GCSE reform


Another year, another set of record-breaking GCSE results, another row over GCSEs. I took mine last year, and it did get boring hearing adults constantly badger on about how my A*s mean nothing and that I might as well have spent my study leave lying on a beach somewhere for all the difference it would have made.

But it is true that GCSEs need reforming. They’re over twenty years old, in which time schools have built up a bank of past papers and a wealth of experience with which they can cater their teaching more towards the exams. This isn’t crafty teaching but faults with the system: with mocks, end of year exams and GCSEs themselves, there’s no time for pupils to explore subjects beyond what is going to be on the paper. Besides, GCSE grades are currently all there is to show for those two years’ work, and in-depth knowledge and good exam technique can’t be differentiated just by marks. Besides, technique is quicker to teach.

The grade boundaries also need to change. Having 98.4% students passing their exams is impressive, but what does it mean? To pass, students must gain grade E or above. An A*-C is ‘good’. In last year’s Edexcel maths exam 36/100 got a C; 9 an E. Get roughly one out of three answers right and you’re ‘good’ at maths; get less than one in ten right and you’ll still pass. Something’s not quite right.

With the government’s plans to raise the compulsory level of education to 18, there is also the question of whether we need GCSEs at all. At the moment they help potential employers and Sixth Forms differentiate between students, everyone does A-Levels or vocational qualifications then employers will use those to differentiate; and if entrance exams work up to Year 11, then why not after it?




When is a liberal not a liberal? According to many it is when they reside in America. The 'liberals' in America are correct to label themselves this as they are diametrically opposed to the conservatives. The conservatism we see in America (or did see) was one that stood for the protection of the Constitution and the freedom of the individual that it enshrined. The liberals sought to change this by side-stepping the constitution and expanding the government. They would 'liberate' the masses from the tyranny that is the constitution and cradle them in the warm safe bosom of federal government.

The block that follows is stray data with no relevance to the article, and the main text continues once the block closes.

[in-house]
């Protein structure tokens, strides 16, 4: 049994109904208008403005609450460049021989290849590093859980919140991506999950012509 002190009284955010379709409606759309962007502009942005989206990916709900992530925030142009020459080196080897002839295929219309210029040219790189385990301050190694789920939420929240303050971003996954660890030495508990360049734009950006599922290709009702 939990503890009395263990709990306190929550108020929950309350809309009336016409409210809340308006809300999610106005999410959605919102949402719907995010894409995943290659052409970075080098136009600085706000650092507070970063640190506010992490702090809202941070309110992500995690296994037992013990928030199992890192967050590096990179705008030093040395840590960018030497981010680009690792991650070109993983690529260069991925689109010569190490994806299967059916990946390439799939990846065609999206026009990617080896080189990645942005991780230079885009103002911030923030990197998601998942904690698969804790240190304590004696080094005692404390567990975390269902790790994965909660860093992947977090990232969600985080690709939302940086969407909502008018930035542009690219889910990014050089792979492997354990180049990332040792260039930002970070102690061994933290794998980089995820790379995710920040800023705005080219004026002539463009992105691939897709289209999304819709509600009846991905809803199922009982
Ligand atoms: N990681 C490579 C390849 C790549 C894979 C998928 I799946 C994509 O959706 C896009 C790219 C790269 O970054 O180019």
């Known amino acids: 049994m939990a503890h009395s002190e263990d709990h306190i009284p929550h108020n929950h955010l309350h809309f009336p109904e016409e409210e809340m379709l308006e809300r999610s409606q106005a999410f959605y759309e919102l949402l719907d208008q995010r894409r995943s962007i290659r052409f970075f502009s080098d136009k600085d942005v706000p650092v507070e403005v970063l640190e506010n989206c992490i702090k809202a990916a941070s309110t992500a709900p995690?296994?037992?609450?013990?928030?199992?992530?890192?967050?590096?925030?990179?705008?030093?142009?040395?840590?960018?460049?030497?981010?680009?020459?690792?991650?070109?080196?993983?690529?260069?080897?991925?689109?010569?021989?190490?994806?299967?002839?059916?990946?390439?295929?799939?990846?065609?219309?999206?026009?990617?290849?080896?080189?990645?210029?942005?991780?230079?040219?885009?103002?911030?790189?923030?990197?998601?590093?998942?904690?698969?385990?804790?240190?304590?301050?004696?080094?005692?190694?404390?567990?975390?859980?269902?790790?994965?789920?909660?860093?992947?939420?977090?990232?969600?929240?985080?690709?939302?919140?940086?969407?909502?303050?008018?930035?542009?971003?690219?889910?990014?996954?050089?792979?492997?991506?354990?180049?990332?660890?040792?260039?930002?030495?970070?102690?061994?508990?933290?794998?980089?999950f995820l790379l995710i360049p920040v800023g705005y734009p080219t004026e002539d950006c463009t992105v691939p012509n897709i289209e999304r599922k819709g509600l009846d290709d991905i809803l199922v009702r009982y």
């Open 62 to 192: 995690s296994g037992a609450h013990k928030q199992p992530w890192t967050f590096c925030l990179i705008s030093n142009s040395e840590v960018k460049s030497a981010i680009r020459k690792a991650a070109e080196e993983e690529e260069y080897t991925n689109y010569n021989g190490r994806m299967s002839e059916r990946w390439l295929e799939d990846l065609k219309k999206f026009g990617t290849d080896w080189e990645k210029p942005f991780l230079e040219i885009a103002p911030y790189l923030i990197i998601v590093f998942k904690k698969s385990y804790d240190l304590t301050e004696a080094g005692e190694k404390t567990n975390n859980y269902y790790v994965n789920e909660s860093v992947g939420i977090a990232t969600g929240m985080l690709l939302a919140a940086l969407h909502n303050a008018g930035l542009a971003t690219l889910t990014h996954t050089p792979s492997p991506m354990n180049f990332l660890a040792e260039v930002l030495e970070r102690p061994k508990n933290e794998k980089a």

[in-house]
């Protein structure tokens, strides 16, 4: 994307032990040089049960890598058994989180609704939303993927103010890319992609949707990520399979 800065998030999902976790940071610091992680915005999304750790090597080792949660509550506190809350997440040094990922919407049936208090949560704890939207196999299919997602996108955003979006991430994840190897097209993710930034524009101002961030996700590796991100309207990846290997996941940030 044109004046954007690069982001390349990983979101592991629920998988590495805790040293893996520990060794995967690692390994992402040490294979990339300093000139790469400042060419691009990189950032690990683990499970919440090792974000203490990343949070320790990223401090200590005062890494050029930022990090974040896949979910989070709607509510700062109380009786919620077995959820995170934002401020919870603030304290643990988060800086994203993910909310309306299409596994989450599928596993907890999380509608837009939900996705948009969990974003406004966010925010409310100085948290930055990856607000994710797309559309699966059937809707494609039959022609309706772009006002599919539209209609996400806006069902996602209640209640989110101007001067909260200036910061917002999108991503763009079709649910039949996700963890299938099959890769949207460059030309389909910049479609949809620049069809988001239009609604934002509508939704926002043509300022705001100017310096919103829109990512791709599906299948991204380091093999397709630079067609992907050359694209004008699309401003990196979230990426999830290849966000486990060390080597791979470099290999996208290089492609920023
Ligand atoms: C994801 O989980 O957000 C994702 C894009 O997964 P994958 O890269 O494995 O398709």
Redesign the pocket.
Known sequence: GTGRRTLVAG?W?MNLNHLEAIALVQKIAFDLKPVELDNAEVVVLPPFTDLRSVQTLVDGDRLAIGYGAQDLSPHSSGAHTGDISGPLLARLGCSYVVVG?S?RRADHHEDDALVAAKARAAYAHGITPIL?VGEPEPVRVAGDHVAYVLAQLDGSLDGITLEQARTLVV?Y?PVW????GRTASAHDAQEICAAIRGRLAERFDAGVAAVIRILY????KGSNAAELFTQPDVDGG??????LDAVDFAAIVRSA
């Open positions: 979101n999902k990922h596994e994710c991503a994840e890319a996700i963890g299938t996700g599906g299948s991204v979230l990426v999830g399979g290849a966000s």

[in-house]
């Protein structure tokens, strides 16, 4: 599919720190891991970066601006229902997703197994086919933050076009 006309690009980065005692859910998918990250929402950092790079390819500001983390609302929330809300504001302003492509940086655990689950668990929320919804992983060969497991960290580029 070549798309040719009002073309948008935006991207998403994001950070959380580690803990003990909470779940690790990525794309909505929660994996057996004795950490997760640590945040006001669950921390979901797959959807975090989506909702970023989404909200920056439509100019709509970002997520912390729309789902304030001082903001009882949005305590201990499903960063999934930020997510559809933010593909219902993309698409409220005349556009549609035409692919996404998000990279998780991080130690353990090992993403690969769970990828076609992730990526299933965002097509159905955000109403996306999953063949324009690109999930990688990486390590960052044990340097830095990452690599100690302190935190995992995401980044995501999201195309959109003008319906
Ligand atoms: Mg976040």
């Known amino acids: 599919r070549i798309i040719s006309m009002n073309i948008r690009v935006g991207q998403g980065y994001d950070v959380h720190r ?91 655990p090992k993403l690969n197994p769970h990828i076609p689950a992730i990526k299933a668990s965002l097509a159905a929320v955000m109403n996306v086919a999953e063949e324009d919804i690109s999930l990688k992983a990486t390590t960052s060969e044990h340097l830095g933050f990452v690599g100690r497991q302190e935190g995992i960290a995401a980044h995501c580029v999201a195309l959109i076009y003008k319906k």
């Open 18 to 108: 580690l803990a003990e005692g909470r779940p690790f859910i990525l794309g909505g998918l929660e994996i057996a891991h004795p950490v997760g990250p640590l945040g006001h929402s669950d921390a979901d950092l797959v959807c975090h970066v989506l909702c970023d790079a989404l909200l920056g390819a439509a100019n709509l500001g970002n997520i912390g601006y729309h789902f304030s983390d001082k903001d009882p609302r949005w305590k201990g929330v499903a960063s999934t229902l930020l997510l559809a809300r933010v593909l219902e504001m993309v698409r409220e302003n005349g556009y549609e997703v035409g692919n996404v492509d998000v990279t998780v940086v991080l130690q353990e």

When we look at the history of the word, liberal, it's first usage as a political term was one of abuse. It wasn't until a group of Spaniards established the political group Liberales that it became associated with change. A change that on continental Europe was one that sought to overthrow the entrenched monarchies and free man from his role as a feudal serf. A change that had gradually been taking place in Britain in a more natural way from 1688 onwards in association with the Enlightened thought of the day. Throughout the 19th century the waters of liberty were darkened as new so-called liberal authors developed the idea of utilising government to act to free sections of society. There was little thought given to the unintended consequences of this resulting in many people actually losing their freedom as government expanded. Modern liberalism took on a new political form that had little to do with classically liberal thinking, and limited governmental powers over the individual.

It was not until Hayek, Friedman et al. began fighting back against the rising tide of government intervention that classical liberalism was revived and the idea of man being free was once again mooted. The Conservatives were doing little to stem the tide of the liberals here and in America (a situation we still find ourselves in today). The liberals of today are only liberal with other people's money. They have no regard for the idea of man being liberated, they desire everyone to live towards a 'general will'. The crux is that they hold the correct political party term 'liberals', yet are fundamentally illiberal.